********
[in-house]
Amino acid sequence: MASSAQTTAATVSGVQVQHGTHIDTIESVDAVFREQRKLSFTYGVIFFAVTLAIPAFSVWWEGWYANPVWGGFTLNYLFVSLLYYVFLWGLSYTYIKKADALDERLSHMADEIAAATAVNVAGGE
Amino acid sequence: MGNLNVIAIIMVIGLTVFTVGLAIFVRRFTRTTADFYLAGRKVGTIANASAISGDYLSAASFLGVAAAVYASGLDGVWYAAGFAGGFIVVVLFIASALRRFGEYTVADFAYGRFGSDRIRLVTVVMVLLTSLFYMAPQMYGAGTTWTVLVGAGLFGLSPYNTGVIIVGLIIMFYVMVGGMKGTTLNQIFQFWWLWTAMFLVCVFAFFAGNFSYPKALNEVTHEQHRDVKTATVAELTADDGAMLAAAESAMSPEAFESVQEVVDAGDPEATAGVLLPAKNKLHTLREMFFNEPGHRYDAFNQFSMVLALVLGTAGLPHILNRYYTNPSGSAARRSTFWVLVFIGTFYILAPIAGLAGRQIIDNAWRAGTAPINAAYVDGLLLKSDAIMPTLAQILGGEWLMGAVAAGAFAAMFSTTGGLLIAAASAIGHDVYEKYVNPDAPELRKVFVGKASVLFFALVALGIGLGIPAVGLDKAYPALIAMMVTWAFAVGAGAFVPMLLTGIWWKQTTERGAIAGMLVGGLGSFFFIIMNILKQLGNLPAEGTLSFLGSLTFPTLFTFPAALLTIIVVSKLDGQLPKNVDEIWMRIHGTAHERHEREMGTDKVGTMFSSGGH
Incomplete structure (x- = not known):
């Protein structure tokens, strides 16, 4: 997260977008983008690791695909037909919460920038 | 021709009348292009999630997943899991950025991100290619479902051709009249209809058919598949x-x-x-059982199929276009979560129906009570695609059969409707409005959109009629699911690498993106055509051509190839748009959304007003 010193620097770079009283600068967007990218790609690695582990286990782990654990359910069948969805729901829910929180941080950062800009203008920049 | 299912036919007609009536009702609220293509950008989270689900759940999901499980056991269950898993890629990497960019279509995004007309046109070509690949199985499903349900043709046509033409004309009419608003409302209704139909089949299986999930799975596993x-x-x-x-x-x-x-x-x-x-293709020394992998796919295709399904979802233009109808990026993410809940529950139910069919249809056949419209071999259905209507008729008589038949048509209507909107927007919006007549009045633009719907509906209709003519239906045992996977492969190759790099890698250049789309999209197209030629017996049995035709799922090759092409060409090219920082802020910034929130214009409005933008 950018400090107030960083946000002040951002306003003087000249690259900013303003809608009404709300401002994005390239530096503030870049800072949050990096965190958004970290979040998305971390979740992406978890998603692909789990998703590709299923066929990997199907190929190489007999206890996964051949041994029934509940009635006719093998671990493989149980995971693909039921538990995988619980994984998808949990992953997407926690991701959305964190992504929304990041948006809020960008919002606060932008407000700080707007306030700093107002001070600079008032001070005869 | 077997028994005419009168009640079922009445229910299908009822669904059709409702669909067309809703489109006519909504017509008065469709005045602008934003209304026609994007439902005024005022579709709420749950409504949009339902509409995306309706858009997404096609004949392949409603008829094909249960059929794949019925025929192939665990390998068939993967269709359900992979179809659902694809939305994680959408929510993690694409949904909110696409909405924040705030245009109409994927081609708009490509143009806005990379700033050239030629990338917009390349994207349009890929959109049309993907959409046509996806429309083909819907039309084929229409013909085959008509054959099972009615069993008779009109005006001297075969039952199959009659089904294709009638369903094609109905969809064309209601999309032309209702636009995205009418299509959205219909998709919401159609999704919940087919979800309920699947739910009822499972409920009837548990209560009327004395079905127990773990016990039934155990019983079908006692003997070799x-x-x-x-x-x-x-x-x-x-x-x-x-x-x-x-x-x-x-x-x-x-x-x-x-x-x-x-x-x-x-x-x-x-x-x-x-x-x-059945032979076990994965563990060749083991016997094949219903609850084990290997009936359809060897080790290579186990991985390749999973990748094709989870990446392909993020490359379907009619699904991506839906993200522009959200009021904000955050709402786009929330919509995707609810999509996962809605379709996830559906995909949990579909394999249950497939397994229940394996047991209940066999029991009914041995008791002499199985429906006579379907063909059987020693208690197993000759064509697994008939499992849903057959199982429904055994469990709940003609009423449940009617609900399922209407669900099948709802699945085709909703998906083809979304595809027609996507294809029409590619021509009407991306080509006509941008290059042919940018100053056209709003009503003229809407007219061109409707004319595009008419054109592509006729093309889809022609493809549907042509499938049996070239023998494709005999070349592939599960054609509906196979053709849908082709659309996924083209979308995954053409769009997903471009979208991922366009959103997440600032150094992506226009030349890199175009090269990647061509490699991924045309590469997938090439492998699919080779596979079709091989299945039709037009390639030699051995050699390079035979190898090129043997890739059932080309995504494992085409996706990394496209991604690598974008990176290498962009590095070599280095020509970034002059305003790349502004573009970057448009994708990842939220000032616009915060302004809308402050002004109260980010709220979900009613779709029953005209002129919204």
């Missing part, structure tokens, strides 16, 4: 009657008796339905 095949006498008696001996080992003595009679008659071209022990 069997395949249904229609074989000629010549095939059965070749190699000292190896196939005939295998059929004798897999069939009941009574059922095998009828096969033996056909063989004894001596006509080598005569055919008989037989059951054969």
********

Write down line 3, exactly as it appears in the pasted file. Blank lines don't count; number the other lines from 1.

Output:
Amino acid sequence: MGNLNVIAIIMVIGLTVFTVGLAIFVRRFTRTTADFYLAGRKVGTIANASAISGDYLSAASFLGVAAAVYASGLDGVWYAAGFAGGFIVVVLFIASALRRFGEYTVADFAYGRFGSDRIRLVTVVMVLLTSLFYMAPQMYGAGTTWTVLVGAGLFGLSPYNTGVIIVGLIIMFYVMVGGMKGTTLNQIFQFWWLWTAMFLVCVFAFFAGNFSYPKALNEVTHEQHRDVKTATVAELTADDGAMLAAAESAMSPEAFESVQEVVDAGDPEATAGVLLPAKNKLHTLREMFFNEPGHRYDAFNQFSMVLALVLGTAGLPHILNRYYTNPSGSAARRSTFWVLVFIGTFYILAPIAGLAGRQIIDNAWRAGTAPINAAYVDGLLLKSDAIMPTLAQILGGEWLMGAVAAGAFAAMFSTTGGLLIAAASAIGHDVYEKYVNPDAPELRKVFVGKASVLFFALVALGIGLGIPAVGLDKAYPALIAMMVTWAFAVGAGAFVPMLLTGIWWKQTTERGAIAGMLVGGLGSFFFIIMNILKQLGNLPAEGTLSFLGSLTFPTLFTFPAALLTIIVVSKLDGQLPKNVDEIWMRIHGTAHERHEREMGTDKVGTMFSSGGH